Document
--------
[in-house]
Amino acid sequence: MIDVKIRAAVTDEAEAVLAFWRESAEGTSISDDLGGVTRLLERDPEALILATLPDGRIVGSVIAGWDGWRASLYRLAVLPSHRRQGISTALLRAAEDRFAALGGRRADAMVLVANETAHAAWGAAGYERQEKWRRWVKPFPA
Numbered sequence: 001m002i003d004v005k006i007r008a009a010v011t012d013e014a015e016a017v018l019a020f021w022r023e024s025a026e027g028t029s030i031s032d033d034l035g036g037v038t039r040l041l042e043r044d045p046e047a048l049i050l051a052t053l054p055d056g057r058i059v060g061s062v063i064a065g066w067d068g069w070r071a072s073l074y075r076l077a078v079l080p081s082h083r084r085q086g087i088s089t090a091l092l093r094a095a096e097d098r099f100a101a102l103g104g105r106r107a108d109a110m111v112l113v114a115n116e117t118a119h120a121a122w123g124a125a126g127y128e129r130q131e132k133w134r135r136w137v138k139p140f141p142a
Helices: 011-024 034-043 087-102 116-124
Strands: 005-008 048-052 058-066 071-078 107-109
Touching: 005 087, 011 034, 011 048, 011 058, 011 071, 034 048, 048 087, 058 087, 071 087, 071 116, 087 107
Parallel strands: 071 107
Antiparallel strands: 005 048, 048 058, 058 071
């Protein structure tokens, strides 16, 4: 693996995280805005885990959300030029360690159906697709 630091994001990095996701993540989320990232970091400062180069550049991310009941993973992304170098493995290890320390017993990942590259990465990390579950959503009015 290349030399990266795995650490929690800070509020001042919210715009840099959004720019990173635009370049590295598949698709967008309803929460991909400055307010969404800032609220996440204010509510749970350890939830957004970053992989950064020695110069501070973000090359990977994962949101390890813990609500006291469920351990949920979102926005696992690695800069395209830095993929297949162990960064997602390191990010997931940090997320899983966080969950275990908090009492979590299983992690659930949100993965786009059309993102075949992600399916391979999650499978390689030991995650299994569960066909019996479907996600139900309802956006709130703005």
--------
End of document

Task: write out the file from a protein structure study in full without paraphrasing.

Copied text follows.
[in-house]
Amino acid sequence: MIDVKIRAAVTDEAEAVLAFWRESAEGTSISDDLGGVTRLLERDPEALILATLPDGRIVGSVIAGWDGWRASLYRLAVLPSHRRQGISTALLRAAEDRFAALGGRRADAMVLVANETAHAAWGAAGYERQEKWRRWVKPFPA
Numbered sequence: 001m002i003d004v005k006i007r008a009a010v011t012d013e014a015e016a017v018l019a020f021w022r023e024s025a026e027g028t029s030i031s032d033d034l035g036g037v038t039r040l041l042e043r044d045p046e047a048l049i050l051a052t053l054p055d056g057r058i059v060g061s062v063i064a065g066w067d068g069w070r071a072s073l074y075r076l077a078v079l080p081s082h083r084r085q086g087i088s089t090a091l092l093r094a095a096e097d098r099f100a101a102l103g104g105r106r107a108d109a110m111v112l113v114a115n116e117t118a119h120a121a122w123g124a125a126g127y128e129r130q131e132k133w134r135r136w137v138k139p140f141p142a
Helices: 011-024 034-043 087-102 116-124
Strands: 005-008 048-052 058-066 071-078 107-109
Touching: 005 087, 011 034, 011 048, 011 058, 011 071, 034 048, 048 087, 058 087, 071 087, 071 116, 087 107
Parallel strands: 071 107
Antiparallel strands: 005 048, 048 058, 058 071
């Protein structure tokens, strides 16, 4: 693996995280805005885990959300030029360690159906697709 630091994001990095996701993540989320990232970091400062180069550049991310009941993973992304170098493995290890320390017993990942590259990465990390579950959503009015 290349030399990266795995650490929690800070509020001042919210715009840099959004720019990173635009370049590295598949698709967008309803929460991909400055307010969404800032609220996440204010509510749970350890939830957004970053992989950064020695110069501070973000090359990977994962949101390890813990609500006291469920351990949920979102926005696992690695800069395209830095993929297949162990960064997602390191990010997931940090997320899983966080969950275990908090009492979590299983992690659930949100993965786009059309993102075949992600399916391979999650499978390689030991995650299994569960066909019996479907996600139900309802956006709130703005």